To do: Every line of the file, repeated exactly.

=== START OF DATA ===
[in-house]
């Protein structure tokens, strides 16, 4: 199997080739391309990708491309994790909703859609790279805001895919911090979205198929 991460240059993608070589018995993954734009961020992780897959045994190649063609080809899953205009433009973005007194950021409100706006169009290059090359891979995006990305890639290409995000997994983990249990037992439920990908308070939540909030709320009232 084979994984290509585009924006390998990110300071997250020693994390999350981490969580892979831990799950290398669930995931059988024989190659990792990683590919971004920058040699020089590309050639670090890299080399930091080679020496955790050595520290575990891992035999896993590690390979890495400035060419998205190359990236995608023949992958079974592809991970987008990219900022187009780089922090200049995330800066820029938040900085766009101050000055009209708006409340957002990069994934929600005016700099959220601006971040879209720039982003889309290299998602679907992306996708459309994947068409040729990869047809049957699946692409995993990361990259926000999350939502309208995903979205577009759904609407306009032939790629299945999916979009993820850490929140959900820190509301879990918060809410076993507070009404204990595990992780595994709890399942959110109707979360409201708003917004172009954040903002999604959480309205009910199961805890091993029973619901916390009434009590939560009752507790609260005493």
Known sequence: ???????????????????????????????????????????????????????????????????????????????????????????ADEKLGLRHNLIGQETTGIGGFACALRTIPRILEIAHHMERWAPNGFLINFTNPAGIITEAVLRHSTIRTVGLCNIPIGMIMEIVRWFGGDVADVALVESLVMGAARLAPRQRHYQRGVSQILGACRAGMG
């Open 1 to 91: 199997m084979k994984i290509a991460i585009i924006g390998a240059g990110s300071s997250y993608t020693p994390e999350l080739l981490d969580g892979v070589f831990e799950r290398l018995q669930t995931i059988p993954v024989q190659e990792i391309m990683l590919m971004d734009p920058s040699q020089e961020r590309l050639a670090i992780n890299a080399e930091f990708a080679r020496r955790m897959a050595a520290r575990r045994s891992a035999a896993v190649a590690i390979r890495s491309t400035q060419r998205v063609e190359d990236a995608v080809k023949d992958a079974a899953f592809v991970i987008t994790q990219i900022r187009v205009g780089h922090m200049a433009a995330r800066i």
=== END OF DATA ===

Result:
[in-house]
């Protein structure tokens, strides 16, 4: 199997080739391309990708491309994790909703859609790279805001895919911090979205198929 991460240059993608070589018995993954734009961020992780897959045994190649063609080809899953205009433009973005007194950021409100706006169009290059090359891979995006990305890639290409995000997994983990249990037992439920990908308070939540909030709320009232 084979994984290509585009924006390998990110300071997250020693994390999350981490969580892979831990799950290398669930995931059988024989190659990792990683590919971004920058040699020089590309050639670090890299080399930091080679020496955790050595520290575990891992035999896993590690390979890495400035060419998205190359990236995608023949992958079974592809991970987008990219900022187009780089922090200049995330800066820029938040900085766009101050000055009209708006409340957002990069994934929600005016700099959220601006971040879209720039982003889309290299998602679907992306996708459309994947068409040729990869047809049957699946692409995993990361990259926000999350939502309208995903979205577009759904609407306009032939790629299945999916979009993820850490929140959900820190509301879990918060809410076993507070009404204990595990992780595994709890399942959110109707979360409201708003917004172009954040903002999604959480309205009910199961805890091993029973619901916390009434009590939560009752507790609260005493």
Known sequence: ???????????????????????????????????????????????????????????????????????????????????????????ADEKLGLRHNLIGQETTGIGGFACALRTIPRILEIAHHMERWAPNGFLINFTNPAGIITEAVLRHSTIRTVGLCNIPIGMIMEIVRWFGGDVADVALVESLVMGAARLAPRQRHYQRGVSQILGACRAGMG
């Open 1 to 91: 199997m084979k994984i290509a991460i585009i924006g390998a240059g990110s300071s997250y993608t020693p994390e999350l080739l981490d969580g892979v070589f831990e799950r290398l018995q669930t995931i059988p993954v024989q190659e990792i391309m990683l590919m971004d734009p920058s040699q020089e961020r590309l050639a670090i992780n890299a080399e930091f990708a080679r020496r955790m897959a050595a520290r575990r045994s891992a035999a896993v190649a590690i390979r890495s491309t400035q060419r998205v063609e190359d990236a995608v080809k023949d992958a079974a899953f592809v991970i987008t994790q990219i900022r187009v205009g780089h922090m200049a433009a995330r800066i």